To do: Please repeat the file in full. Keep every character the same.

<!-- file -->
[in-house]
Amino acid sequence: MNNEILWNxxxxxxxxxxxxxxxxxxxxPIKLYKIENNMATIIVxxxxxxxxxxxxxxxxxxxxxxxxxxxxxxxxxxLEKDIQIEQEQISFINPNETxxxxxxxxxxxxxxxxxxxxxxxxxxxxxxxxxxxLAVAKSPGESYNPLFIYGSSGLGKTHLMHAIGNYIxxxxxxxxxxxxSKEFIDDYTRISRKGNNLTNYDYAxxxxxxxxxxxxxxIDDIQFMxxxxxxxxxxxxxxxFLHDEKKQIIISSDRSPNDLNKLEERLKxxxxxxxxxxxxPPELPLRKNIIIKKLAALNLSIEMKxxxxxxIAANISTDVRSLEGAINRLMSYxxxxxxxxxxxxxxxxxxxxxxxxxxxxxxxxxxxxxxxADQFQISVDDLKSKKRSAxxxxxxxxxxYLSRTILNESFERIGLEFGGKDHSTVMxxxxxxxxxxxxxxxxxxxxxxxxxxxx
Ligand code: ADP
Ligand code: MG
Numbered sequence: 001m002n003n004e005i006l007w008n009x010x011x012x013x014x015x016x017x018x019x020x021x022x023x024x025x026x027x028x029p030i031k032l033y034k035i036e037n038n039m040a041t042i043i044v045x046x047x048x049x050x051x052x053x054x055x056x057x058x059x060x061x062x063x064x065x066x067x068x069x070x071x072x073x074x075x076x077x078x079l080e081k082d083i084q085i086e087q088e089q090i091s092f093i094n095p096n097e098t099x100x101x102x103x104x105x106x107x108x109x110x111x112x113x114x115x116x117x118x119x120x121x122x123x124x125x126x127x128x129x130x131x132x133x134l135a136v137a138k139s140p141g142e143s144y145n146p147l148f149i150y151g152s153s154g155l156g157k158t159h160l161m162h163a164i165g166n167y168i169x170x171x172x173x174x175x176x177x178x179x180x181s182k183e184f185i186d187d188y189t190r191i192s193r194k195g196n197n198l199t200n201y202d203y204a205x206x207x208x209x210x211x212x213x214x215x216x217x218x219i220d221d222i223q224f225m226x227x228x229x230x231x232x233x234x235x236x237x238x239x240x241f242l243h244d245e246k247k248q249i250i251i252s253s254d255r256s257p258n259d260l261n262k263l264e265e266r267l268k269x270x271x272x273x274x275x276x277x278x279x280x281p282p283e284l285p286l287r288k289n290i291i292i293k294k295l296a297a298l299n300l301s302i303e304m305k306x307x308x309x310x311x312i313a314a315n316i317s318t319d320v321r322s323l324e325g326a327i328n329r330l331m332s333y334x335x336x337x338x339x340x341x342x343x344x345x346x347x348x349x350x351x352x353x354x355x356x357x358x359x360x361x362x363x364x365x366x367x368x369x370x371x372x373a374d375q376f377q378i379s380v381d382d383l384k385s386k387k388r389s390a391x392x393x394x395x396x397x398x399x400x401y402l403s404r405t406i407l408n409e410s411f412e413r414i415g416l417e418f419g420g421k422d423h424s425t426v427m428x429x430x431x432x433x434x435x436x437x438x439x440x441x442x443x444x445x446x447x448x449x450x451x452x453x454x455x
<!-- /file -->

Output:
[in-house]
Amino acid sequence: MNNEILWNxxxxxxxxxxxxxxxxxxxxPIKLYKIENNMATIIVxxxxxxxxxxxxxxxxxxxxxxxxxxxxxxxxxxLEKDIQIEQEQISFINPNETxxxxxxxxxxxxxxxxxxxxxxxxxxxxxxxxxxxLAVAKSPGESYNPLFIYGSSGLGKTHLMHAIGNYIxxxxxxxxxxxxSKEFIDDYTRISRKGNNLTNYDYAxxxxxxxxxxxxxxIDDIQFMxxxxxxxxxxxxxxxFLHDEKKQIIISSDRSPNDLNKLEERLKxxxxxxxxxxxxPPELPLRKNIIIKKLAALNLSIEMKxxxxxxIAANISTDVRSLEGAINRLMSYxxxxxxxxxxxxxxxxxxxxxxxxxxxxxxxxxxxxxxxADQFQISVDDLKSKKRSAxxxxxxxxxxYLSRTILNESFERIGLEFGGKDHSTVMxxxxxxxxxxxxxxxxxxxxxxxxxxxx
Ligand code: ADP
Ligand code: MG
Numbered sequence: 001m002n003n004e005i006l007w008n009x010x011x012x013x014x015x016x017x018x019x020x021x022x023x024x025x026x027x028x029p030i031k032l033y034k035i036e037n038n039m040a041t042i043i044v045x046x047x048x049x050x051x052x053x054x055x056x057x058x059x060x061x062x063x064x065x066x067x068x069x070x071x072x073x074x075x076x077x078x079l080e081k082d083i084q085i086e087q088e089q090i091s092f093i094n095p096n097e098t099x100x101x102x103x104x105x106x107x108x109x110x111x112x113x114x115x116x117x118x119x120x121x122x123x124x125x126x127x128x129x130x131x132x133x134l135a136v137a138k139s140p141g142e143s144y145n146p147l148f149i150y151g152s153s154g155l156g157k158t159h160l161m162h163a164i165g166n167y168i169x170x171x172x173x174x175x176x177x178x179x180x181s182k183e184f185i186d187d188y189t190r191i192s193r194k195g196n197n198l199t200n201y202d203y204a205x206x207x208x209x210x211x212x213x214x215x216x217x218x219i220d221d222i223q224f225m226x227x228x229x230x231x232x233x234x235x236x237x238x239x240x241f242l243h244d245e246k247k248q249i250i251i252s253s254d255r256s257p258n259d260l261n262k263l264e265e266r267l268k269x270x271x272x273x274x275x276x277x278x279x280x281p282p283e284l285p286l287r288k289n290i291i292i293k294k295l296a297a298l299n300l301s302i303e304m305k306x307x308x309x310x311x312i313a314a315n316i317s318t319d320v321r322s323l324e325g326a327i328n329r330l331m332s333y334x335x336x337x338x339x340x341x342x343x344x345x346x347x348x349x350x351x352x353x354x355x356x357x358x359x360x361x362x363x364x365x366x367x368x369x370x371x372x373a374d375q376f377q378i379s380v381d382d383l384k385s386k387k388r389s390a391x392x393x394x395x396x397x398x399x400x401y402l403s404r405t406i407l408n409e410s411f412e413r414i415g416l417e418f419g420g421k422d423h424s425t426v427m428x429x430x431x432x433x434x435x436x437x438x439x440x441x442x443x444x445x446x447x448x449x450x451x452x453x454x455x